Much of our current knowledge about plant phylogeny stems from classification, which in turn is based on morphology. Morphology uses phenetic characteristics to group and classify, resulting in inherent problems. Firstly the characteristics used to create the classification must be decided. The definition of characters is prone to subjectivity. Quoting Smith (1994) “different workers will perceive and define different characters in different ways”. This has had grave implications on the creation of phylogenetic trees. Doyle and Donoghue [1] whilst studying the role the Gnetales play in macroevolution stated that with slightly different characters, the relative parsimony of the two arrangements (referring to the nesting of Gnetales near the Angiosperms or the Coniferopsids) could of easily been reversed. In that context their approach was admitted to be overly optimistic in modelling how well a hypothetical student of extant groups would analyse characters. This plasticity in interpretation does not give rise to sound phylogenies.

There is a limitation in morphology to the number of characters that can be studied before the characters become too specific. Studies have shown that increasing the amount of characters provides a higher accuracy for the construction of a tree [2]. There is a point where additional morphological characters add little extra value (due to specificity) and the important factor is the quality of the data rather than the quantity.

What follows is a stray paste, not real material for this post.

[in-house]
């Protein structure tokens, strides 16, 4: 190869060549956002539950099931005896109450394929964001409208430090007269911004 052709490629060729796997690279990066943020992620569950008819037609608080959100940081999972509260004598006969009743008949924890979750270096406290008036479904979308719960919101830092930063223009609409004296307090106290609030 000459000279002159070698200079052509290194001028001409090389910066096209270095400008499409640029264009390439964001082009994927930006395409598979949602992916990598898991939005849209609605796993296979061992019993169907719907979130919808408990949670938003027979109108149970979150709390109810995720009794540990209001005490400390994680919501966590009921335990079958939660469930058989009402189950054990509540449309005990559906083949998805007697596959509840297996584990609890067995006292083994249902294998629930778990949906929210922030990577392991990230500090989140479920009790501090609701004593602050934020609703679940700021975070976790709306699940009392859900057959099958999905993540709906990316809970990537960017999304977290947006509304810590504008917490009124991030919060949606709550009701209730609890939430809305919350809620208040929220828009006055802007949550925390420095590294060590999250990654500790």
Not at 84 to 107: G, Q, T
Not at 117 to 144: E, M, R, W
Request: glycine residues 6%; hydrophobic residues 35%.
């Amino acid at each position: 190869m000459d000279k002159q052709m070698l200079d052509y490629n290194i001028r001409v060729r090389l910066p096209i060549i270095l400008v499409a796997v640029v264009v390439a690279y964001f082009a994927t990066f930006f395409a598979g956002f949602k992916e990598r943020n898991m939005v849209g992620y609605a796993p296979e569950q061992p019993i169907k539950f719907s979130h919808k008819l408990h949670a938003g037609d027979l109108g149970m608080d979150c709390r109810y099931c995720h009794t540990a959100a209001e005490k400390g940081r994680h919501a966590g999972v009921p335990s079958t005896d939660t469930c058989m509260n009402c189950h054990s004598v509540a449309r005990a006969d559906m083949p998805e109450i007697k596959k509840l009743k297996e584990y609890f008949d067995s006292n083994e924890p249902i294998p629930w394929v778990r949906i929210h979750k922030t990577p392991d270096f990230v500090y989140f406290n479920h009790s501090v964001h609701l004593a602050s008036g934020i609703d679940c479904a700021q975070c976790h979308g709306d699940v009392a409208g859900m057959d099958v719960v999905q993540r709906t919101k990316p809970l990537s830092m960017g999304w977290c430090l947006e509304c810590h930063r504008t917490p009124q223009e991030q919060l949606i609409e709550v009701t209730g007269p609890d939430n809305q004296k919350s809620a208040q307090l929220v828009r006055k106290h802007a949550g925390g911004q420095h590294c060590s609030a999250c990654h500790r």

This limitation is compounded by the number of characters that are subject to homoplasy (similarity due to parallel or convergent evolution); this is especially prevalent when investigating the relationships between land plants. Gnetales were originally thought to be related to Angiosperms due to their net like venation, vessels in wood and possession of a precursor to a flower. This was rejected as it was discovered that vessels arose independently a few times in plants and the precursors to flowers were the Amentiferae. Therefore morphology as a basis for the construction of phylogenetic trees is a very low resolution and highly contestable method.

DNA sequencing provided a high resolution, reliable method for the construction of phylogeny. DNA sequencing has many advantages over the previous method and was able to avoid the problems inherent to morphology. Character conceptualisation is rendered more straightforward for molecular data than for morphological data [2]. The characters used to provide classification are numerous, because they can be any nucleotide sequence that shows a steady rate of evolution. Due to the chemical nature of the analysis the characters studied are well defined making the genetic (rather than phenetic) analysis objective.